The St. Joseph Medical Center cardiologist accused of performing hundreds of unnecessary and potentially dangerous procedures was able to slip through the hospital's safety net of peer reviews partly because, as a department chairman, he could select which cases to evaluate, according to government records.
Dr. Mark Midei coordinated all of the peer review at St. Joseph's cardiac catheterization laboratory, which he ran until May 12, 2009, when he was removed on suspicion of placing unnecessary stents in patients' arteries. His duties also included selecting which of his own cases would be scrutinized by other physicians, according to a report from the state Office of Health Care Quality.
Midei has since lost privileges to practice medicine at the Towson hospital, which sent letters to 585 patients telling them they received what might have been unnecessary stent implants from the veteran cardiologist during his last two years at the hospital.
St. Joseph officials say they implemented new procedures in January, including a random, computer-assigned selection of cases for review.
But the report, which details the findings of two regulatory inspections at St. Joseph in February and March, describes an oversight process that was far more relaxed under Midei, whom it identifies as "physician #1."
"The practice of only reviewing physician #1's hand picked cases failed to identify any cases that fell outside of the standards of practice for quality," it says.
Alan Levine, a former Medicare inspector who has worked to strengthen peer-review procedures around the country, called such "self-policing" a conflict of interest.
"One hopes, for the sake of patient safety, that hospitals are taking a more serious approach to peer review than that," he said.
Designed as a safety check of medical practices, peer review involves the post-treatment evaluation of patient records with an eye toward ensuring that accepted standards were followed. It is a requirement for hospitals that accept Medicare payments.
The state report also offers new insight into the events that led to Midei's departure from the hospital, where he was the most productive physician in the cardiac lab.
The hospital conducted a survey of Midei's cases after receiving a complaint from a patient — someone, according to the report, who was also an employee of the hospital.
That survey led to a systematic review, conducted by an independent company, of all of Midei's catheterization procedures over two years. During such a procedure, a device is threaded into a patient's arteries through an incision in the leg or wrist, and if a blockage is detected the doctor can insert a mesh tube known as a stent to prop the artery open.
After reviewing "nearly 2,000" of Midei's cases — a number that hospital officials had not disclosed — reviewers found questionable stents in 585 patients, or about every third or fourth case.
The peer review system at St. Joseph, which hospital officials called "consistent with other hospitals performing interventional cardiology procedures," also flagged cases whenever a death or unexplained complication occurred, the report said.
But Midei, long regarded as one of the Baltimore region's more skilled cardiac-care clinicians, did not have any questionable deaths or complications that would have automatically triggered an evaluation, the report said. The document did not indicate the number of cardiac cases at St. Joseph's reviewed by peer doctors, or how many of them were Midei's.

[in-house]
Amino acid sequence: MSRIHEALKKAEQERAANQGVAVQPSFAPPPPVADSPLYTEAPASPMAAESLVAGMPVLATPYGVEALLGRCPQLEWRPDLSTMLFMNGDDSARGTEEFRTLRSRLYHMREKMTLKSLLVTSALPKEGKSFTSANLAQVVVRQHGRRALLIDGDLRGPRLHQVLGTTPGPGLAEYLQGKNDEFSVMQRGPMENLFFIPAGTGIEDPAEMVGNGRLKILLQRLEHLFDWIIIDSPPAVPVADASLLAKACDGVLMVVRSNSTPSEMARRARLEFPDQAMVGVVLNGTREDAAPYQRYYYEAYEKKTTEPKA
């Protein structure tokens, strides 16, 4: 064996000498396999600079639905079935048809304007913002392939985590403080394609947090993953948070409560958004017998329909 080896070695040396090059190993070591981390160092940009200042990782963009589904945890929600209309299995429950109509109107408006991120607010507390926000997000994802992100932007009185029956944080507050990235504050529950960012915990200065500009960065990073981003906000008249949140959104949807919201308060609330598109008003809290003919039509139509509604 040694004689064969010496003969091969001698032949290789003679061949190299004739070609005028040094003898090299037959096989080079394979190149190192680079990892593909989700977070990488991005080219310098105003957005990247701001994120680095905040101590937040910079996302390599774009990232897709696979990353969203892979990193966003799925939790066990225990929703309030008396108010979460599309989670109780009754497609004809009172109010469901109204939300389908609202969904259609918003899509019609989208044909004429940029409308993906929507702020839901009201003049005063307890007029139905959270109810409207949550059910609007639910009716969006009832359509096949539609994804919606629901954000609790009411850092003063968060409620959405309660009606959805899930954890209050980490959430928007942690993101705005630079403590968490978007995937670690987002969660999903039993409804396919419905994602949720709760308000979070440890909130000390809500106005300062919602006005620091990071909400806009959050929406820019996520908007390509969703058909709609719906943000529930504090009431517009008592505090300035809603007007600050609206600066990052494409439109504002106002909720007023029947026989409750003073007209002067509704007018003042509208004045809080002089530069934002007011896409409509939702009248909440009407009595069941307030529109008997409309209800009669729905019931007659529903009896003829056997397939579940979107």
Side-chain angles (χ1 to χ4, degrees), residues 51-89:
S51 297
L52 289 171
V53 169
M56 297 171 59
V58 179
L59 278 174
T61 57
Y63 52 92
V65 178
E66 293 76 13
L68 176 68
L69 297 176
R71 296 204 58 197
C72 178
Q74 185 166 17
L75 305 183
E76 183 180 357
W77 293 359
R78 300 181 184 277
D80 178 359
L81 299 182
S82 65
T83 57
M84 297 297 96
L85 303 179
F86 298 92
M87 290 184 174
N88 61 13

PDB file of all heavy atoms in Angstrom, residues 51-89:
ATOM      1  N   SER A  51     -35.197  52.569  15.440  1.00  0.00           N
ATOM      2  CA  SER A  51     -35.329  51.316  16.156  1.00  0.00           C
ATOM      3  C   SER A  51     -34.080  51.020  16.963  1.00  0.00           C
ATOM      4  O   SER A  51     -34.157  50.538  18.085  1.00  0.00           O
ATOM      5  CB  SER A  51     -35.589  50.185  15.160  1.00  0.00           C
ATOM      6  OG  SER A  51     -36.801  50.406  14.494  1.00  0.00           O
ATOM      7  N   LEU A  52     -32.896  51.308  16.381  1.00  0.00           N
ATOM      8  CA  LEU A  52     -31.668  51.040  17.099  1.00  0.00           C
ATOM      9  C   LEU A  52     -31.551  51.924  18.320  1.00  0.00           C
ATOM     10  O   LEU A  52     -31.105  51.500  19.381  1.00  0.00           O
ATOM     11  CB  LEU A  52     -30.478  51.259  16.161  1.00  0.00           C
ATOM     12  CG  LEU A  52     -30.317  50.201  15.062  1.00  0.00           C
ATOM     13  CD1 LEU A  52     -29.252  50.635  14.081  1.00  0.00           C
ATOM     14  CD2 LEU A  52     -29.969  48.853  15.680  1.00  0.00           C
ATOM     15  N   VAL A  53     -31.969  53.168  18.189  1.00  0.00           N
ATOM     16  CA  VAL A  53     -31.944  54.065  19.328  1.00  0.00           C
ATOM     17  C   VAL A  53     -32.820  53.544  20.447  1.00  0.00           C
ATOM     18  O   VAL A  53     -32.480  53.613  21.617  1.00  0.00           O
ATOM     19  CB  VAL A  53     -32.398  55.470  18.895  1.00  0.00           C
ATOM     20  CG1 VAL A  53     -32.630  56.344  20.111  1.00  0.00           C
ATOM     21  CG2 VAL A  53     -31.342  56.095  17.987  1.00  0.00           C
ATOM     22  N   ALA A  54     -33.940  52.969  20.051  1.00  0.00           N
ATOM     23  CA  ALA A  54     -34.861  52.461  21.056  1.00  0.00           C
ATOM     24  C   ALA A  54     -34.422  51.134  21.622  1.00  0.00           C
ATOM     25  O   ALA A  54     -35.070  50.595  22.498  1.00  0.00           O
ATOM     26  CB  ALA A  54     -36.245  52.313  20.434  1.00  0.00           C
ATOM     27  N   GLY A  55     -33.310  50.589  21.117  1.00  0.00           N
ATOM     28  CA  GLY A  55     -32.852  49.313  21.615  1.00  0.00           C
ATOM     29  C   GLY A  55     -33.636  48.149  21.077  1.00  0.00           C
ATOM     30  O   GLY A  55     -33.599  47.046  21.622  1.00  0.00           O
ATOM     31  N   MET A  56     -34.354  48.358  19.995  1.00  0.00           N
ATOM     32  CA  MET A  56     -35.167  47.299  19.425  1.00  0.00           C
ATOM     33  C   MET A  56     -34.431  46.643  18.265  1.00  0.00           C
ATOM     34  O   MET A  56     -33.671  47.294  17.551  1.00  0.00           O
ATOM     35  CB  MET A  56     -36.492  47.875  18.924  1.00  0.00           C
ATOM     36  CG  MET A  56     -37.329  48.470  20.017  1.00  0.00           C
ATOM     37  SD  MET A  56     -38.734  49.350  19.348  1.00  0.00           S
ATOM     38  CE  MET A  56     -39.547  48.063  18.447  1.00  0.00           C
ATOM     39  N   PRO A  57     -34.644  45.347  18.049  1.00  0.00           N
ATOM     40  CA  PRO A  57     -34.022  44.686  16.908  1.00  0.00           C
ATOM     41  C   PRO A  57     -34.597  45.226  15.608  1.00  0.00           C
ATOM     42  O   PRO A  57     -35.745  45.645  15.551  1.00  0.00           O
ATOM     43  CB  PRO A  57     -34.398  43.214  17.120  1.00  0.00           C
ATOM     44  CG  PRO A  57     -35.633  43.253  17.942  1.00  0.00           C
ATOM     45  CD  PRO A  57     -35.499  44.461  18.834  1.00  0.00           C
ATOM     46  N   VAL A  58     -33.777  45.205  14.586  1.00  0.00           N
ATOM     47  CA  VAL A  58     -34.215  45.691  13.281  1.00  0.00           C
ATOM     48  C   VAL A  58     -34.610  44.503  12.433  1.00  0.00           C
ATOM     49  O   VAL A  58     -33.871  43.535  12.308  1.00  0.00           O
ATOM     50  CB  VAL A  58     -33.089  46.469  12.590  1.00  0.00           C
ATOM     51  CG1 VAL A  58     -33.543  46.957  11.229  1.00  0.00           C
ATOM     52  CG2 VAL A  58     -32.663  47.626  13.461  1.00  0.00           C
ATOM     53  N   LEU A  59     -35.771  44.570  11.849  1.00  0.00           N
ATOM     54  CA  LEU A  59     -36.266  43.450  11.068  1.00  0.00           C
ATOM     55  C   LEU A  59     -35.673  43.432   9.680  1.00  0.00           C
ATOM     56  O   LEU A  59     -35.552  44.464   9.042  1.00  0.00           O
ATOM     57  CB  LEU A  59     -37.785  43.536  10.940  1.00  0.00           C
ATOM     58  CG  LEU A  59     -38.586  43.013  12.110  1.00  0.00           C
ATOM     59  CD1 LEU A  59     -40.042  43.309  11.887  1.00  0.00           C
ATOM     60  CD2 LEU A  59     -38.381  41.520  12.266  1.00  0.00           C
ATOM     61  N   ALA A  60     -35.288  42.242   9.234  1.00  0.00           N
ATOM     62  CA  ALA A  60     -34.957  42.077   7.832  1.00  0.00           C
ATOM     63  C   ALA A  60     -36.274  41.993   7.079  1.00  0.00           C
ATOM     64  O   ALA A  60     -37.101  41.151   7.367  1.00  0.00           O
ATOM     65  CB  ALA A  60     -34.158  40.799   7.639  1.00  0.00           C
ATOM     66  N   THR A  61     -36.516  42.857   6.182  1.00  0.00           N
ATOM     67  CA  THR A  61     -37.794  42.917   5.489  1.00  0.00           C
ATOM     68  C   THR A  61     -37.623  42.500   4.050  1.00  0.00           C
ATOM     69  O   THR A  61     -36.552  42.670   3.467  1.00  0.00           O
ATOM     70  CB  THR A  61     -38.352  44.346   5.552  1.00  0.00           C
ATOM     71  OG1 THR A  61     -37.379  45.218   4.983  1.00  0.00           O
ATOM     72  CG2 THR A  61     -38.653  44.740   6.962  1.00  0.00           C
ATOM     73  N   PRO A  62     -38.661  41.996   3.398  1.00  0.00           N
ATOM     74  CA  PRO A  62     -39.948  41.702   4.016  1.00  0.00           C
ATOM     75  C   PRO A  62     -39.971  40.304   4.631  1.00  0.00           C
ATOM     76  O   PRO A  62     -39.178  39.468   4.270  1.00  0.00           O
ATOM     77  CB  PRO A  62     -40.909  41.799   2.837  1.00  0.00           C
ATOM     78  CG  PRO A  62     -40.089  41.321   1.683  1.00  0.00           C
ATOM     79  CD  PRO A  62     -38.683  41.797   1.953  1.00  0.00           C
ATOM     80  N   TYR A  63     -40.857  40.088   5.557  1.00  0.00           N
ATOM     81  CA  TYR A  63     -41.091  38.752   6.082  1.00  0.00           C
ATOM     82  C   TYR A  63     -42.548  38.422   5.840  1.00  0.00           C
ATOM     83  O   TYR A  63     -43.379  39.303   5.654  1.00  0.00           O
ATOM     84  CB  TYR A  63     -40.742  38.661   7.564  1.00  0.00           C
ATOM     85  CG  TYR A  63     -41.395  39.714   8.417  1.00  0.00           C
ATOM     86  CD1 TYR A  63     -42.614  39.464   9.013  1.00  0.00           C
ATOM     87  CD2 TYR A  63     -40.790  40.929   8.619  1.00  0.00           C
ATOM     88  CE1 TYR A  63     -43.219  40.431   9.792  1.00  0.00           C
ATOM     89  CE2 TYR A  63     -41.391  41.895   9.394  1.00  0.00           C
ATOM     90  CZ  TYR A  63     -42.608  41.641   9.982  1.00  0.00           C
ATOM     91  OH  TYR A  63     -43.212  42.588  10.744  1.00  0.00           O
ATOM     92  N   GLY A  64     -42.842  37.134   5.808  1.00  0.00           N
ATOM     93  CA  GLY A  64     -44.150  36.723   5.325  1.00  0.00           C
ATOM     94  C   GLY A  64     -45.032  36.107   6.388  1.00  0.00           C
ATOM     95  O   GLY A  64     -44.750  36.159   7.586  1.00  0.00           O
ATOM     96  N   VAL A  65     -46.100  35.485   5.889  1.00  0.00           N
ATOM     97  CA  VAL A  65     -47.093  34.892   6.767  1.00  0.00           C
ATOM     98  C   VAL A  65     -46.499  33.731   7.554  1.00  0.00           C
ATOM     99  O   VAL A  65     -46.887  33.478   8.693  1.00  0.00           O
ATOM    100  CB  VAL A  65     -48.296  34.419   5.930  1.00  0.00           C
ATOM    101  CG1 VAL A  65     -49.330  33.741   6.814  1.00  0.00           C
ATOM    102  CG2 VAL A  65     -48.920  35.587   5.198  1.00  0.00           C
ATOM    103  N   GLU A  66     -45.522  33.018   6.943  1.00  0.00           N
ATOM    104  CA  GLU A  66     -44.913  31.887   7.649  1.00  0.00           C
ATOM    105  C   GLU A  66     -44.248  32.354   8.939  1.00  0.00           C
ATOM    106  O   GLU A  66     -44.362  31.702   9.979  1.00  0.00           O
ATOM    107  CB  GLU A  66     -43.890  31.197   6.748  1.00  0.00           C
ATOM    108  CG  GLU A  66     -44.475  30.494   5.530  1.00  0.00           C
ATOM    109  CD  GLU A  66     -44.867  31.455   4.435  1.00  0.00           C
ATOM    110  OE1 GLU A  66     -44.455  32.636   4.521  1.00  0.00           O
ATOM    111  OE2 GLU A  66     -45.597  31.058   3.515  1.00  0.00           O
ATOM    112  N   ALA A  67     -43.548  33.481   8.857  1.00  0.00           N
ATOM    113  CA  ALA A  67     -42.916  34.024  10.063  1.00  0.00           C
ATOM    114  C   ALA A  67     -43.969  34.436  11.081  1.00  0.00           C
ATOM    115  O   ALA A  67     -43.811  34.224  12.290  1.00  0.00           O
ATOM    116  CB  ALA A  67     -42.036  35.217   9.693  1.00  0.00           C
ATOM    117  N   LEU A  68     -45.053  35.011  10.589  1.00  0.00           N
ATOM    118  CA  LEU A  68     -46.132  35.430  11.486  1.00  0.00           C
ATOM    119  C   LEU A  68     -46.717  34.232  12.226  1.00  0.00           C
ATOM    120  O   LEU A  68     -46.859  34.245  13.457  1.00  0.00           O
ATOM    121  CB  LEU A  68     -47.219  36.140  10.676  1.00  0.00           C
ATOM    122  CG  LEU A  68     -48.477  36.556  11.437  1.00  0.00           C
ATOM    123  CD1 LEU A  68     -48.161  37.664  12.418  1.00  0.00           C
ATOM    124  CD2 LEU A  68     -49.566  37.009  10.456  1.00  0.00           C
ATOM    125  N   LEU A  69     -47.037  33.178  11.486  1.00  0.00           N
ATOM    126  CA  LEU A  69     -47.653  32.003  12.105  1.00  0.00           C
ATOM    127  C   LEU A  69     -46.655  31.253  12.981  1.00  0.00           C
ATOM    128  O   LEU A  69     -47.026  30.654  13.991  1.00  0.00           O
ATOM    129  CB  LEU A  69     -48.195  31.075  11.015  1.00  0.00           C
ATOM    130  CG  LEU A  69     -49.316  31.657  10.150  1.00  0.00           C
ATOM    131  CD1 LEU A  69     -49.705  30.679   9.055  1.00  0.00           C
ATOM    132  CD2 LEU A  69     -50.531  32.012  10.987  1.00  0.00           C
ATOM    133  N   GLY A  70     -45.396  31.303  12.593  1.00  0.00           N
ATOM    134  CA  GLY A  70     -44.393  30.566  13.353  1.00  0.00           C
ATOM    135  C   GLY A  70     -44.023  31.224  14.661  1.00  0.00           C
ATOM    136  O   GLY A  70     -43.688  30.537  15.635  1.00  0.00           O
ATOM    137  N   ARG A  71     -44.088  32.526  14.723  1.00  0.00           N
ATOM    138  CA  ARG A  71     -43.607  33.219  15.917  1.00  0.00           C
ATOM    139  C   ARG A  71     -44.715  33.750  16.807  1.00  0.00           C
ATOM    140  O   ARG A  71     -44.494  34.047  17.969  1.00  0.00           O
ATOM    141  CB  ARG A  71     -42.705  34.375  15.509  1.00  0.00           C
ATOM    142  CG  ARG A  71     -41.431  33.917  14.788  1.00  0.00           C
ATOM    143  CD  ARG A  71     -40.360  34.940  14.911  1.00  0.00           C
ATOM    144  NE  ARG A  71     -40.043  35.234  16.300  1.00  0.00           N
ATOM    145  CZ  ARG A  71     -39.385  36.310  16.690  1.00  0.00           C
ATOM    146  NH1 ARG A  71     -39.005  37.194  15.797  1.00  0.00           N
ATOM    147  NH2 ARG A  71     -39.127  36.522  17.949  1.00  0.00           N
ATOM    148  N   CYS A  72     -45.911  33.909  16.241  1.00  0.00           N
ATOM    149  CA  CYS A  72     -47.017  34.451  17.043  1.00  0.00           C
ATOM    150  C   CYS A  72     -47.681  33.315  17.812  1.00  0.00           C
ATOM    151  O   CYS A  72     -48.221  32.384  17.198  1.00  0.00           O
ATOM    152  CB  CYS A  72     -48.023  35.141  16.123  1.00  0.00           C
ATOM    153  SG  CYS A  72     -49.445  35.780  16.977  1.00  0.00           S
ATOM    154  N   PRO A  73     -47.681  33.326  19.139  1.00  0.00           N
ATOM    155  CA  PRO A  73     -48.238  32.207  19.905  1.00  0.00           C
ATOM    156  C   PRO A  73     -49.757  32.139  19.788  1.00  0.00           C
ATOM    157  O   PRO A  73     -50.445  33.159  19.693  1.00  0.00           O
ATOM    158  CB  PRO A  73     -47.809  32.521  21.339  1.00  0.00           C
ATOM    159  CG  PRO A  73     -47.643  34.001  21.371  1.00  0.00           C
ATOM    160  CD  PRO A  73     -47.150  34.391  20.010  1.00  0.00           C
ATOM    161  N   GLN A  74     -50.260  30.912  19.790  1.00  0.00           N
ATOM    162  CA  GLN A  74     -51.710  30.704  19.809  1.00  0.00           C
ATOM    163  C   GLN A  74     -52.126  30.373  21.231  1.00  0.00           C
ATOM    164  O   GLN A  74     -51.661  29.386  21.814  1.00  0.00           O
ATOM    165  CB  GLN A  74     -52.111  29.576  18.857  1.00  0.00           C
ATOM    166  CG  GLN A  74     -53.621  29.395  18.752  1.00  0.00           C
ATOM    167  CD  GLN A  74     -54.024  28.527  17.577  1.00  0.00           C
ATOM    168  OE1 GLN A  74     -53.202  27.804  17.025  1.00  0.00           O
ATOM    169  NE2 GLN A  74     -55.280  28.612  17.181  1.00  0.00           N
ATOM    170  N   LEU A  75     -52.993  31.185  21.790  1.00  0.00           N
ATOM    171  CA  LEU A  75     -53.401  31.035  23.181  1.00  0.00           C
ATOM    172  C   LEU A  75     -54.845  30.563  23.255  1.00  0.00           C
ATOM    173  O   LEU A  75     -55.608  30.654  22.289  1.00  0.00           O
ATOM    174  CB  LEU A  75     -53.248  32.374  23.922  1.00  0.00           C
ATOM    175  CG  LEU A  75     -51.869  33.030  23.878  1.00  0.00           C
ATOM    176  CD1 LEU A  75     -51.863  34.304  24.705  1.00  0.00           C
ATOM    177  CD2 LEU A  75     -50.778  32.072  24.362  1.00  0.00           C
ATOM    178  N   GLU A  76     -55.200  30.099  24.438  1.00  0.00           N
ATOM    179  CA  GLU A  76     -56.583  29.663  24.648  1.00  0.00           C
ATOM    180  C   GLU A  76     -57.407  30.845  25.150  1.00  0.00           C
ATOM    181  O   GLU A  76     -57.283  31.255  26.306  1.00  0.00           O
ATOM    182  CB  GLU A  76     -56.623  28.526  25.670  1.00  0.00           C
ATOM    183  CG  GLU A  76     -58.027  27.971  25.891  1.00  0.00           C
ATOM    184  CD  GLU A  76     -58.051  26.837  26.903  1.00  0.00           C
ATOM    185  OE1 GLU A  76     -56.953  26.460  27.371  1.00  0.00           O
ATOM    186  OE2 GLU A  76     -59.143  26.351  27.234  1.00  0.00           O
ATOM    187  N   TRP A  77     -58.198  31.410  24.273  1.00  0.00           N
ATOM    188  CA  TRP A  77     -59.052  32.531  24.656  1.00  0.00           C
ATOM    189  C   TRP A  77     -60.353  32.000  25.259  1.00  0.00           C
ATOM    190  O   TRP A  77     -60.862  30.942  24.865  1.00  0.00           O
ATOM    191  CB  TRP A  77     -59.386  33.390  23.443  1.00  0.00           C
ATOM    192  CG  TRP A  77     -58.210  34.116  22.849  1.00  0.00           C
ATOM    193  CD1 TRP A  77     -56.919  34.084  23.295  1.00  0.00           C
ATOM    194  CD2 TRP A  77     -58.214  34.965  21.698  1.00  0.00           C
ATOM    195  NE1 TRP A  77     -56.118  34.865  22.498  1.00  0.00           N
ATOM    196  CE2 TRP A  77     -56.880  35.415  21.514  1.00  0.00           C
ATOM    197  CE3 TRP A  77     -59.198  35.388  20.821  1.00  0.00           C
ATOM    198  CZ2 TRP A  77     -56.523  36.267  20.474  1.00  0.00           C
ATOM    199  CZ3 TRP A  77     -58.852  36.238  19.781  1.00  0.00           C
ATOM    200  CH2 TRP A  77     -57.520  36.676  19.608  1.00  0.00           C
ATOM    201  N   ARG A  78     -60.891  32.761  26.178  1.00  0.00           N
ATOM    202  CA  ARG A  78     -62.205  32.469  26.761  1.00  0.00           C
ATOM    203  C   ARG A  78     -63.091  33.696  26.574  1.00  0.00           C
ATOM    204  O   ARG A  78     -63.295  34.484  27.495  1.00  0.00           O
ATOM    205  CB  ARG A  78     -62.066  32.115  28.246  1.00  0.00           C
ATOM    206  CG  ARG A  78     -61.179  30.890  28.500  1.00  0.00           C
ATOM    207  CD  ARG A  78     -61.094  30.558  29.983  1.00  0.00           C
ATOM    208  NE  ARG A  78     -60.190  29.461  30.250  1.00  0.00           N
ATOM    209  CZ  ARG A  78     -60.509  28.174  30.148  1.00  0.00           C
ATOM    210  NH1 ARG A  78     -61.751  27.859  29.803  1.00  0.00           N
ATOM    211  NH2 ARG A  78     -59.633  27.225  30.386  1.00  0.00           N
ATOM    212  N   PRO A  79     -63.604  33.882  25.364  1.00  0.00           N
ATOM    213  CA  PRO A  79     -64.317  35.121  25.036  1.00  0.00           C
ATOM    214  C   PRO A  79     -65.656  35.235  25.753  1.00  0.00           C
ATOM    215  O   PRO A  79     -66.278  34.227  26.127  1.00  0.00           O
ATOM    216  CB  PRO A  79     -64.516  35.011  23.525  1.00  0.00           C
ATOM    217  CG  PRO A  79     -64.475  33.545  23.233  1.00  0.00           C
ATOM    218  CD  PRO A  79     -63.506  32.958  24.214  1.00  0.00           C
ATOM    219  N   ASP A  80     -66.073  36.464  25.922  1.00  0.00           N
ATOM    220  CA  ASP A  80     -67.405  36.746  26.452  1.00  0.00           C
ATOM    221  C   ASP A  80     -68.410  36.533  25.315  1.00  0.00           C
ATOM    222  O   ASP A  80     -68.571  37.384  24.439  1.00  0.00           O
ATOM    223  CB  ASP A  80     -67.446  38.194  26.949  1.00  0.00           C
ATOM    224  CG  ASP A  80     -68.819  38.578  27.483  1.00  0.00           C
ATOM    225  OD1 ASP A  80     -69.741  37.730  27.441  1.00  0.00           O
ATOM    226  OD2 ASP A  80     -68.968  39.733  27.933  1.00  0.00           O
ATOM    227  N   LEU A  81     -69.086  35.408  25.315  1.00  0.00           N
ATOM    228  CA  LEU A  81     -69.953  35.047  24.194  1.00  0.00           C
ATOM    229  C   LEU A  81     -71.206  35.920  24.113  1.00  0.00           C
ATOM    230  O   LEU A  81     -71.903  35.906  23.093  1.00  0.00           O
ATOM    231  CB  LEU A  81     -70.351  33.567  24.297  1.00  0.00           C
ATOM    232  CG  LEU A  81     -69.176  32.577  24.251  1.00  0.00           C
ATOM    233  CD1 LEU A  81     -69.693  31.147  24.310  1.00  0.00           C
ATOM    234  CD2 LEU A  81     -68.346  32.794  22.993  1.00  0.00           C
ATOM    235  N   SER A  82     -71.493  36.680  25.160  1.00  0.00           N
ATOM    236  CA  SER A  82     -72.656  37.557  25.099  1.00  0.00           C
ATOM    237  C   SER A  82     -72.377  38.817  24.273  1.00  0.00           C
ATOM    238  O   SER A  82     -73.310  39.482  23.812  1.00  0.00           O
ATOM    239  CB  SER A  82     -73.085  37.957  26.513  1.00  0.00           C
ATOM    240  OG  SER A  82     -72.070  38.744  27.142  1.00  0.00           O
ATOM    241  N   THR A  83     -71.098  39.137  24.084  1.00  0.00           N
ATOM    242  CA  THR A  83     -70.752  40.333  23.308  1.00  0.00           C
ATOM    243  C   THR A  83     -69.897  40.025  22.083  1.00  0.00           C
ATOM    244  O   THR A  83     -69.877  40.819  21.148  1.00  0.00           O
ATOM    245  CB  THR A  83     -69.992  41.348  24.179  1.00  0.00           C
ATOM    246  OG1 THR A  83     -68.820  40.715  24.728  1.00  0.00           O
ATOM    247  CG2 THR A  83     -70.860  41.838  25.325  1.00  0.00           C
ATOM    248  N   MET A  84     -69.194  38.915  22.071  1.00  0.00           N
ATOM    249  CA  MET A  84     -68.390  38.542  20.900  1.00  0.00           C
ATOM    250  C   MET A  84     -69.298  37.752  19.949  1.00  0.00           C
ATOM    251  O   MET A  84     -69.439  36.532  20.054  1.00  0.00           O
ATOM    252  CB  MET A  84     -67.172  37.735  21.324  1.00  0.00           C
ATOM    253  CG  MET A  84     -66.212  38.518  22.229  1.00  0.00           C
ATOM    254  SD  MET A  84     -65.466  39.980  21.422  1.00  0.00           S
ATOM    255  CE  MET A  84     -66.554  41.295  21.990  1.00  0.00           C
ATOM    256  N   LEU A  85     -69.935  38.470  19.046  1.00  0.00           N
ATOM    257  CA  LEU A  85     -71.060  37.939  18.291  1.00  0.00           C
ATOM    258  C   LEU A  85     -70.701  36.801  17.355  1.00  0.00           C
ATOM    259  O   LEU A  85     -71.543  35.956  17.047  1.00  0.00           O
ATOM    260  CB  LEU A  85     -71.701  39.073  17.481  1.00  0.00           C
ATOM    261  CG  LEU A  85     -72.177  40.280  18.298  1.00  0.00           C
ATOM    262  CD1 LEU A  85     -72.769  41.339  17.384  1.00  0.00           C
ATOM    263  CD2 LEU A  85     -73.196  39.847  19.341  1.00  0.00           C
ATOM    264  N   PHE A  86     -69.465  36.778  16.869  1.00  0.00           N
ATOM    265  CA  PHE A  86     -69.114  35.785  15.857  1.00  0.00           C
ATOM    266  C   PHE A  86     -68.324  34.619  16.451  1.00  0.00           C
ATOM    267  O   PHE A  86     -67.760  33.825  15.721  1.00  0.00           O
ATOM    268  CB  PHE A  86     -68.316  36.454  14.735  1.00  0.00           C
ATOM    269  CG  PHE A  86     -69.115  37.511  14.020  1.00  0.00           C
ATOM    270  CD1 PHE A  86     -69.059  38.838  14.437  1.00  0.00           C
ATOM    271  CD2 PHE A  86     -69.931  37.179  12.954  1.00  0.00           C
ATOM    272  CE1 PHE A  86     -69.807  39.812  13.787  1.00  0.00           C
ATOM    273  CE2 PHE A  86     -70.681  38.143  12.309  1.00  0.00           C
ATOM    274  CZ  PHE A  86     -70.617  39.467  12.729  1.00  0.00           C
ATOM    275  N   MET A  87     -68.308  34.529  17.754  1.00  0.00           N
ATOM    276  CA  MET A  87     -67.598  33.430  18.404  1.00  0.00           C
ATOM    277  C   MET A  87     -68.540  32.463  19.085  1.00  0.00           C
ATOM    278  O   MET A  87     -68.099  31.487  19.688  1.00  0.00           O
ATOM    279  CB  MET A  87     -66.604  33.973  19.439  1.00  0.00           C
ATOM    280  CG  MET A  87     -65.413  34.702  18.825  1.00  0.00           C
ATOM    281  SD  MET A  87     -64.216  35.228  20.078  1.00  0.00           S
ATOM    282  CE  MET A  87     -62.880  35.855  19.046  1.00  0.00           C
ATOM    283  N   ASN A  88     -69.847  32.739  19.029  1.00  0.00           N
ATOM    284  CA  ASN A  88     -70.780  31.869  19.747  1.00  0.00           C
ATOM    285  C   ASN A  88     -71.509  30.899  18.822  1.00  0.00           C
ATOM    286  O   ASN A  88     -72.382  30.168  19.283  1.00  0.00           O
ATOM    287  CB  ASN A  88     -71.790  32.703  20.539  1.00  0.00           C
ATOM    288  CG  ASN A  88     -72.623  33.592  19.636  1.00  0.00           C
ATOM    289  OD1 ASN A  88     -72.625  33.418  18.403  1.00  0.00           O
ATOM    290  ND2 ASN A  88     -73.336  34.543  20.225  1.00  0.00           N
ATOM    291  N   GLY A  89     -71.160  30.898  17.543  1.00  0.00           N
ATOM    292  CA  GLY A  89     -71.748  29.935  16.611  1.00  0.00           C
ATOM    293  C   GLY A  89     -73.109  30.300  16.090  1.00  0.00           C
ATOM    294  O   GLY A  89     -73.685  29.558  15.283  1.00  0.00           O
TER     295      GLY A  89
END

Dr. Gerald N. Rogan, a California emergency physician who works as a health care consultant and specializes in peer review, said a system that double-checks only cases where problems occur is unlikely to uncover a physician providing unnecessary treatment.
"If the patients being treated are healthier than average, and have fewer complications, you might not find any problem cases," he said.
In addition, the report says the hospital's oversight policies "did not identify concerns with the number of cases completed or rates of cardiac stents placed," by Midei. St. Joseph says it now will conduct regular audits of all its "most active" physicians.
Rogan said "star" physicians like Midei are often subjected to relaxed peer review because they assume positions of authority within a hospital.
"The guys that bring in a lot of business for the hospital, the guys that make a lot of money, these doctors end up being appointed the head of their departments," Rogan said. "And then they can thwart peer review by controlling the mechanisms."
In a statement, St. Joseph officials called the new procedures implemented at the hospital in January a "state-of-the-art" system of checks and balances "to assure such a situation cannot occur again."
Cardiac surgery cases at the hospital are also subject to the enhanced review procedures, which will eventually be implemented at every department, the statement said.
Since investigating a case in California in the early 2000s in which a doctor was found to have directed hundreds of patients to unnecessary cardiac bypass surgeries, Rogan has advocated independent peer review processes that do more than just investigate mistakes, but also explore whether medical procedures were appropriate.
"Maybe you don't have to do that for appendicitis, or tonsillitis, something like that," he said. "But maybe for Cesarean section you do. Or cardiac surgery. Certainly for something like cardiac catheterization and stent placement, where the person diagnosing the injury is the same person recommending and performing the [treatment.]"